Remarks on "The Doctrine of Inspiration"

<44038E> 271

J. N. Darby.

(Notes and Comments Vol. 4.)

{"The Doctrine of Inspiration, being an enquiry concerning the Infallibility, Inspiration, and Authority of Holy Writ," by the Rev. John Macnaught, M.A. (Oxon). London, Longman, Brown, Green & Longmans, 1857.}

It is perfectly right practically to say, the Bible is infallible, but, strictly, revealed truth cannot be infallible; it is simply, perfectly true. A person is fallible or infallible - God alone is so - He, while He acts in, uses a man, is, and makes the man while so exclusively using him, de facto infallible. But the man is not so. The question is not if Mark or Luke are infallible, but whether what is written be "given by inspiration of God" (theopneustos) - a revelation given of God, so that I can rely on it as given of, coming from Him.

Certainly this man would not convince me of the contrary. He has crammed himself with infidel statements without even enquiring into them for himself. It is imbecile, this book.

Page 21. He says Matthew is at the pains to state that "all the generations" from David till the captivity were "fourteen generations." This Matthew does not do; he says, "All the generations from Abraham to David were fourteen generations," and that there were fourteen generations from David to the captivity. Here he finds a discrepancy, but it is of his own making. Again he says, 'The Magi asked, "Where is the king of the Jews that has been born?" (i.e. just recently born).' There is not the least trace of this - quite the contrary. And again, "That it might be fulfilled which was spoken by the prophets, He shall be called a Nazarene," is not given as a quotation, but as said by the prophets in general. It is not said "the prophecy." But he says, 'Christ dwelt at Nazareth that He might be called a Nazarene, and to fulfil the type of Nazariteship.' The italics are his, but he has not even searched and seen that the words are different, Nazoraios and Nazareenos.

Page 34. 'Peter, Acts 1:18, says, that Judas purchased a field with the reward of iniquity.' But it is not Peter - verses 18, 19 are a parenthesis. The Jews bought it, it was his - the chief priests with his money; ektesato is not 'personally bought' - he gained a field and hanged himself.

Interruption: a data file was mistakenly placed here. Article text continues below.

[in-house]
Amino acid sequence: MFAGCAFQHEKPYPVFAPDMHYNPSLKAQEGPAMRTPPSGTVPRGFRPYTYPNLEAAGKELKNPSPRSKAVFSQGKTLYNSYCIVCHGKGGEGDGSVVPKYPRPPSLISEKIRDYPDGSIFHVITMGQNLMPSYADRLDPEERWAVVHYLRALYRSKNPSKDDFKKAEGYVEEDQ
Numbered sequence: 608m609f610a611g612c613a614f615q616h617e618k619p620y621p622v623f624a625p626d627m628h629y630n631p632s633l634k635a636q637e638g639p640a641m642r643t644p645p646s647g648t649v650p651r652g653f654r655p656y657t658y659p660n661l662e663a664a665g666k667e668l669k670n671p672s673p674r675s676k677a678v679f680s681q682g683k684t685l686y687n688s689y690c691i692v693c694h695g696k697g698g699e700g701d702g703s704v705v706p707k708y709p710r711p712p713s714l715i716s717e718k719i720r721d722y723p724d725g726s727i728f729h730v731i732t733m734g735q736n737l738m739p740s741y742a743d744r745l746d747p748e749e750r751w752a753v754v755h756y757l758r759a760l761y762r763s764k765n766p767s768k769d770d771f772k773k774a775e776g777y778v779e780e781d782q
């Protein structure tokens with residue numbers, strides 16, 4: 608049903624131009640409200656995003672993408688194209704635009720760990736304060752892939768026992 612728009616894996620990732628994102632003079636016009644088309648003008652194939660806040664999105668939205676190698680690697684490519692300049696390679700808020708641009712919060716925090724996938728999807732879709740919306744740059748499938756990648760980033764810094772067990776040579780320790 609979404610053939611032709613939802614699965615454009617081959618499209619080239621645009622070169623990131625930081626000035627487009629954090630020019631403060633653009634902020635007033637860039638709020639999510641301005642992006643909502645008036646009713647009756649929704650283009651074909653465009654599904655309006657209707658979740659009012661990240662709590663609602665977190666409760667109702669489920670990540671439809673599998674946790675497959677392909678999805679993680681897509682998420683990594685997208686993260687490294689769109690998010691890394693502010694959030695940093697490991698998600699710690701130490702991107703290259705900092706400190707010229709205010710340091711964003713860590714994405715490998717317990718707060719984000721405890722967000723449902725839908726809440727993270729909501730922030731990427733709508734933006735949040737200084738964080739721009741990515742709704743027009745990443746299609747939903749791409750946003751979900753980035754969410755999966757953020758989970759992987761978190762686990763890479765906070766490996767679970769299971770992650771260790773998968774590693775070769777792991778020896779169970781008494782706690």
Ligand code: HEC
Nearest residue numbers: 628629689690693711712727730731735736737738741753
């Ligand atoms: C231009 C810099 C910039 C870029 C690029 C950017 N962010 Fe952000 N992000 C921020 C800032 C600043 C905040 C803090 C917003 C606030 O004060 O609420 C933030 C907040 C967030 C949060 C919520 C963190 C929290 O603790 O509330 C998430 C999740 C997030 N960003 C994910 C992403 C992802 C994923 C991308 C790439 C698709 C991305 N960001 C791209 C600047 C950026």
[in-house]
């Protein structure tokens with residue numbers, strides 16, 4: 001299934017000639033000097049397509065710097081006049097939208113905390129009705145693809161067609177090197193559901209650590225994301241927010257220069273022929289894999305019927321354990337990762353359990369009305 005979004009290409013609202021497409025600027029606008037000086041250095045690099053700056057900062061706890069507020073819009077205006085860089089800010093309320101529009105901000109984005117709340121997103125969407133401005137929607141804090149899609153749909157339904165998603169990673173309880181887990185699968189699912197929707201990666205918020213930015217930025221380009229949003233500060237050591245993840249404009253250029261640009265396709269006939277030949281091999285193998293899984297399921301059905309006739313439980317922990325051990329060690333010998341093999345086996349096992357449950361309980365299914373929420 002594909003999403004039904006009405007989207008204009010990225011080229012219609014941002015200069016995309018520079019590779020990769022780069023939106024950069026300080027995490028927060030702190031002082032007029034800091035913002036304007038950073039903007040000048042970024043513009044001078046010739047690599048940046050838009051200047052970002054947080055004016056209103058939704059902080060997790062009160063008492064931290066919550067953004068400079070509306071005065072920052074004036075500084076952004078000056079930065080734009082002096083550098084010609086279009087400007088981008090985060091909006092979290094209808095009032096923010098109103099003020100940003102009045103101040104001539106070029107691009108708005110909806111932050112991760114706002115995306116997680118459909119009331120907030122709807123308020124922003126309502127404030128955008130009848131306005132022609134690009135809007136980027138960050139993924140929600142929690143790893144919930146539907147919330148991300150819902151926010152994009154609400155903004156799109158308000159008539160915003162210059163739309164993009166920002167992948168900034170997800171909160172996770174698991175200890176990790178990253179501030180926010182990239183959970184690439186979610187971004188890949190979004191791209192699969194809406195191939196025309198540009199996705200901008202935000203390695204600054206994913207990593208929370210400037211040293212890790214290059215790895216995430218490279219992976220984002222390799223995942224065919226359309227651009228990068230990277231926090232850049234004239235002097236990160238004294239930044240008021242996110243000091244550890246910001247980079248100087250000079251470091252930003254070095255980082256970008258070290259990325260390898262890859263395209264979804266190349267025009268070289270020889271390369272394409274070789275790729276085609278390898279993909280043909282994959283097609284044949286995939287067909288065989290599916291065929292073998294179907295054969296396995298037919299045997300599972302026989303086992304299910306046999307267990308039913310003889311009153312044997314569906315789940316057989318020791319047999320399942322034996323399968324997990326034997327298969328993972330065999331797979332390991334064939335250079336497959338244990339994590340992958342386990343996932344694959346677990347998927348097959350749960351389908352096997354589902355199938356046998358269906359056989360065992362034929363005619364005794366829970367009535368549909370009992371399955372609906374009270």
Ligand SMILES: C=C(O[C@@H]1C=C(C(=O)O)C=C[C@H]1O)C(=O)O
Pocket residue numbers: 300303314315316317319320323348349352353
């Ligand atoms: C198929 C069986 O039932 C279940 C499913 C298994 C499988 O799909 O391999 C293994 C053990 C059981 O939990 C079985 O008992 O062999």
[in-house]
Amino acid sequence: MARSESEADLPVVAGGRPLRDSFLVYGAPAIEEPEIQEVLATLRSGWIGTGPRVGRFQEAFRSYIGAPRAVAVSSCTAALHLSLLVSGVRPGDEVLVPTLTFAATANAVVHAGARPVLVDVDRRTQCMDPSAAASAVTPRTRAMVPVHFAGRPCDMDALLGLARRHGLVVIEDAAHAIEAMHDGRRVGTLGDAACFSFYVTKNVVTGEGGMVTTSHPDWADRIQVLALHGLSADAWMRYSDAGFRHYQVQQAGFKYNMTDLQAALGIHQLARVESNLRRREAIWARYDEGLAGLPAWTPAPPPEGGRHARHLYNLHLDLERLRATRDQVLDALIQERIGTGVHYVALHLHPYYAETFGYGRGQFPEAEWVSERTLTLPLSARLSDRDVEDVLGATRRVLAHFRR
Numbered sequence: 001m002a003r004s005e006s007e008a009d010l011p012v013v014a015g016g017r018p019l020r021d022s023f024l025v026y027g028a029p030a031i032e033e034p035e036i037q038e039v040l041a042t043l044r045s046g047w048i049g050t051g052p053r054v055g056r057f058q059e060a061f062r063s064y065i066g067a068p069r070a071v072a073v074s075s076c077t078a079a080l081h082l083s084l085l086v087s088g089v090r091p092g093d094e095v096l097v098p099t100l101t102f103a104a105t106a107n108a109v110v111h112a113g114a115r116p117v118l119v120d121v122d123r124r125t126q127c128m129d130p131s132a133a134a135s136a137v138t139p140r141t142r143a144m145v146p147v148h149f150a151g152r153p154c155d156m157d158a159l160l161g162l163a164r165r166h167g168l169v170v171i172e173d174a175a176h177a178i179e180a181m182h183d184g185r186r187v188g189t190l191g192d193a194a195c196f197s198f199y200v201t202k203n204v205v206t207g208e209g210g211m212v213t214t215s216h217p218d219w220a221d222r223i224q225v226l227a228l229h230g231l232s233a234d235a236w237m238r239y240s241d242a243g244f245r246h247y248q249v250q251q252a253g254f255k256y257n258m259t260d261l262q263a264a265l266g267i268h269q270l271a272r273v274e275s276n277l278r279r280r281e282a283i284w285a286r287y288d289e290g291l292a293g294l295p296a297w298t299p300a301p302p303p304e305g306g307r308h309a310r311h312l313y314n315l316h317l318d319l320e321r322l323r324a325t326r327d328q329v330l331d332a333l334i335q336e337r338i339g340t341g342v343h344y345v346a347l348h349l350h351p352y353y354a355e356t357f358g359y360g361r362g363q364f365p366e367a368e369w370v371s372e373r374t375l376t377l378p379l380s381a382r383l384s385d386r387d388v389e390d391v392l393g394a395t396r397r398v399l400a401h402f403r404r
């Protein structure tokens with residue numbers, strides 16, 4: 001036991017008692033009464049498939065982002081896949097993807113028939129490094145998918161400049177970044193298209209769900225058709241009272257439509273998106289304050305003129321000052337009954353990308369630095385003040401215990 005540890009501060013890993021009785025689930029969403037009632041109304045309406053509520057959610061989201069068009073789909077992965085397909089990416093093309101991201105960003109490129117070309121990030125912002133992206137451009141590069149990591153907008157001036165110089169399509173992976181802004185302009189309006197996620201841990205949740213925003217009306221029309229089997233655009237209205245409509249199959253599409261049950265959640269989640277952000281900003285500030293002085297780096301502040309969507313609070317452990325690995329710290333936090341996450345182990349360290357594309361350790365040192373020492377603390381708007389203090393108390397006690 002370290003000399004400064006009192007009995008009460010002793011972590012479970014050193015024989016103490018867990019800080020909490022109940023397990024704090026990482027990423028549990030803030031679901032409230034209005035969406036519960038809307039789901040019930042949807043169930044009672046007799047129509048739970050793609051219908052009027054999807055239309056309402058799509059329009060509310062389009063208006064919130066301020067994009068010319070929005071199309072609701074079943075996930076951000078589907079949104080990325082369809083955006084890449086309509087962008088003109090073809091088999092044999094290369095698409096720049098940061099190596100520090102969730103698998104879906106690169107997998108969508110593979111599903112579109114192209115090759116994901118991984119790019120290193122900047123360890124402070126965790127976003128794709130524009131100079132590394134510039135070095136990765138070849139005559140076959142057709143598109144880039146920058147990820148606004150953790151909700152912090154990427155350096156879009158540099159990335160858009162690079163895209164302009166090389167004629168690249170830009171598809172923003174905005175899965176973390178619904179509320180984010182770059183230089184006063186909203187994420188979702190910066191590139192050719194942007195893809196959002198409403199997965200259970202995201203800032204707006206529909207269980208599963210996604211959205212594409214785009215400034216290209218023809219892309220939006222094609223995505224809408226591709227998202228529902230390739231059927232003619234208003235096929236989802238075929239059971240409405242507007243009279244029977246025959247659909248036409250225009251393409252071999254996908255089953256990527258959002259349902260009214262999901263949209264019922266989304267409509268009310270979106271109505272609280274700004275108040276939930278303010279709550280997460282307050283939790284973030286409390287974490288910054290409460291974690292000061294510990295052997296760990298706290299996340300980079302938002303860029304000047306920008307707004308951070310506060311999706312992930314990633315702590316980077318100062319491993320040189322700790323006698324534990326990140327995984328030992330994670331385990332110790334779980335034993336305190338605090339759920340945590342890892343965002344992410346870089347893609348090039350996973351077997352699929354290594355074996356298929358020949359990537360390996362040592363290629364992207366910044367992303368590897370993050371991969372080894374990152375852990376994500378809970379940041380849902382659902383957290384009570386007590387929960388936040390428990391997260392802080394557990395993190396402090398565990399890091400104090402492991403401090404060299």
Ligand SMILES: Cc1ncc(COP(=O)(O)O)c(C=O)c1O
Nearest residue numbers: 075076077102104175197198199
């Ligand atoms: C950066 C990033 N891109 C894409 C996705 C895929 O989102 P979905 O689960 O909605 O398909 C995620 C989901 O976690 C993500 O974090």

272 Difficulties there are, but such a miserable cooking up of unexamined objections I never saw, as in this book.

Page 117. 'Every tyro in Greek knows that an adjective (theopneustos, signifying "divinely breathed") is the term which our translators have paraphrased as equivalent to "given by inspiration of God."' But theopneustos is just 'inspired,' and stronger if anything.

Page 123. 'According to the Old Testament idea, it was with the presence and co-operation of the Holy Ghost that the prophets spoke.' It is not so said, and this is the point; he is not honest here. Did the Spirit co-operate with Chaos? Again, it is quite false to say, 'The novelty was, not in the miracle of Pentecost, but in the extent to which the miracle-working agents were multiplied.'

Page 131. 'It is very remarkable that nowhere do we find the inspired penmen - Jewish or Christian - pronouncing their own writings inspired.' This is a mistake; see 2 Sam. 23:2, 1 Cor. 14:37, and 'Thus saith the Lord,' a thousand times - 'The Lord spake unto Moses,' etc. This objection is imbecility.

Page 132. 'Amongst pious Jews and the early Christians, the idea of Inspiration was wholly unmixed with the notion of infallibility, and was, in addition to referring each good thing to God as its giver, simply equivalent to what we mean by any or all the several words good, strong, orderly, wise, clever, inventive, brave, instinctive, holy.' In whom? And from whom? What is the meaning of 'in addition to'? Were they not special endowments? It is all simply infidel exalting of man. When he says the writings of Milton and Bacon were 'written by divine inspiration,' one can only ask, is there any positively revealed truth from God or not? Again, 'In this manner David or Solomon, or Isaiah, or Paul would have spoken of everything as written by divine inspiration, which may with propriety be called a work of genius, or of cleverness, or of holiness. Milton and Shakespeare, and Bacon and Canticles, and the Apocalypse and the Sermon on the Mount, and the eighth chapter to the Romans are - in our estimation - all inspired.' This is equally low and abominable. Nobody denies all great faculties are from God, but what has this to do with a revelation from God? I have no objection to the word if explained. I believe every good thought in us is inspired of God, and the fruit of the Spirit. The question is not there, but whether God has given a revelation, and, further, whether in the Book called Scripture, His action by the Spirit was such that what was given was exactly such as He would have it given, and did give it, in that He guarded the instruments in such sort, in the communication or use of truth they propounded, and used it exactly according to His mind, so that I can receive it as what God has given to me, though (thank God) through men? Is Shakespeare's buffoonery inspired? Or Milton's cannons in heaven? They degrade everything they touch, these men. Reasoning on the word 'inspiration' is merely shirking the question of fact.